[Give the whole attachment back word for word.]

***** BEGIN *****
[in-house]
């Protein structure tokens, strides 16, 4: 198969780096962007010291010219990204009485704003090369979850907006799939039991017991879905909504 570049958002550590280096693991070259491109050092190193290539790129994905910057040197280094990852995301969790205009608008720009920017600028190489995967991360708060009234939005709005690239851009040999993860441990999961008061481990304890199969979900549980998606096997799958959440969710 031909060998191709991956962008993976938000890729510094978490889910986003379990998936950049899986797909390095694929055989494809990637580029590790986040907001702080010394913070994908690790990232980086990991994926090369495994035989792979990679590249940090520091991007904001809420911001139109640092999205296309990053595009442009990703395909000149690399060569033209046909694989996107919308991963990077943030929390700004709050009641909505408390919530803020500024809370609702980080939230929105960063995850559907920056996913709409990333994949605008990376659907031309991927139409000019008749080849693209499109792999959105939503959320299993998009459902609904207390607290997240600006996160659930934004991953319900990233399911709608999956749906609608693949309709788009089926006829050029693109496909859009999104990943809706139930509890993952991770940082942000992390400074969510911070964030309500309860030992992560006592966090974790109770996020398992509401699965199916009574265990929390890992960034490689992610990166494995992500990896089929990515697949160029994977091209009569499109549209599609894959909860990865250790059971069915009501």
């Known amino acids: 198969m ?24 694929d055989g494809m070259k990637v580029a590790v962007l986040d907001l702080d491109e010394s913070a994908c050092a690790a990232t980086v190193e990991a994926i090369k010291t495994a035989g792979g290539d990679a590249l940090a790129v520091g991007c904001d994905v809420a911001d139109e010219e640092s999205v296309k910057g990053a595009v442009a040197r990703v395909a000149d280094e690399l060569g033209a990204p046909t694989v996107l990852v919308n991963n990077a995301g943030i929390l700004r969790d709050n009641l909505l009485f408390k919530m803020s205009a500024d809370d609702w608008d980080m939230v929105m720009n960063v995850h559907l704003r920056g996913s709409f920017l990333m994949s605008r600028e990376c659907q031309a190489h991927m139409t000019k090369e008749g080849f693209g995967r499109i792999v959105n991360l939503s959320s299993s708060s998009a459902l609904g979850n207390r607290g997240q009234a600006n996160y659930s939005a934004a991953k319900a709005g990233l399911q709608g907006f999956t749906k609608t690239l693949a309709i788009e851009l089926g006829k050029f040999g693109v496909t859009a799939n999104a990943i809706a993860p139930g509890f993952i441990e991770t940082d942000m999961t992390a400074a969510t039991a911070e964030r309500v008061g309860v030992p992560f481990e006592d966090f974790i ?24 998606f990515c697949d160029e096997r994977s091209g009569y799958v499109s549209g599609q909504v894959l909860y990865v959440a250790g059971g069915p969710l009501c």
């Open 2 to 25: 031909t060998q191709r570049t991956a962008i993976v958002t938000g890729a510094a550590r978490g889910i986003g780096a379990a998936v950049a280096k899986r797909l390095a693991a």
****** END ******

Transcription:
[in-house]
């Protein structure tokens, strides 16, 4: 198969780096962007010291010219990204009485704003090369979850907006799939039991017991879905909504 570049958002550590280096693991070259491109050092190193290539790129994905910057040197280094990852995301969790205009608008720009920017600028190489995967991360708060009234939005709005690239851009040999993860441990999961008061481990304890199969979900549980998606096997799958959440969710 031909060998191709991956962008993976938000890729510094978490889910986003379990998936950049899986797909390095694929055989494809990637580029590790986040907001702080010394913070994908690790990232980086990991994926090369495994035989792979990679590249940090520091991007904001809420911001139109640092999205296309990053595009442009990703395909000149690399060569033209046909694989996107919308991963990077943030929390700004709050009641909505408390919530803020500024809370609702980080939230929105960063995850559907920056996913709409990333994949605008990376659907031309991927139409000019008749080849693209499109792999959105939503959320299993998009459902609904207390607290997240600006996160659930934004991953319900990233399911709608999956749906609608693949309709788009089926006829050029693109496909859009999104990943809706139930509890993952991770940082942000992390400074969510911070964030309500309860030992992560006592966090974790109770996020398992509401699965199916009574265990929390890992960034490689992610990166494995992500990896089929990515697949160029994977091209009569499109549209599609894959909860990865250790059971069915009501």
């Known amino acids: 198969m ?24 694929d055989g494809m070259k990637v580029a590790v962007l986040d907001l702080d491109e010394s913070a994908c050092a690790a990232t980086v190193e990991a994926i090369k010291t495994a035989g792979g290539d990679a590249l940090a790129v520091g991007c904001d994905v809420a911001d139109e010219e640092s999205v296309k910057g990053a595009v442009a040197r990703v395909a000149d280094e690399l060569g033209a990204p046909t694989v996107l990852v919308n991963n990077a995301g943030i929390l700004r969790d709050n009641l909505l009485f408390k919530m803020s205009a500024d809370d609702w608008d980080m939230v929105m720009n960063v995850h559907l704003r920056g996913s709409f920017l990333m994949s605008r600028e990376c659907q031309a190489h991927m139409t000019k090369e008749g080849f693209g995967r499109i792999v959105n991360l939503s959320s299993s708060s998009a459902l609904g979850n207390r607290g997240q009234a600006n996160y659930s939005a934004a991953k319900a709005g990233l399911q709608g907006f999956t749906k609608t690239l693949a309709i788009e851009l089926g006829k050029f040999g693109v496909t859009a799939n999104a990943i809706a993860p139930g509890f993952i441990e991770t940082d942000m999961t992390a400074a969510t039991a911070e964030r309500v008061g309860v030992p992560f481990e006592d966090f974790i ?24 998606f990515c697949d160029e096997r994977s091209g009569y799958v499109s549209g599609q909504v894959l909860y990865v959440a250790g059971g069915p969710l009501c």
């Open 2 to 25: 031909t060998q191709r570049t991956a962008i993976v958002t938000g890729a510094a550590r978490g889910i986003g780096a379990a998936v950049a280096k899986r797909l390095a693991a």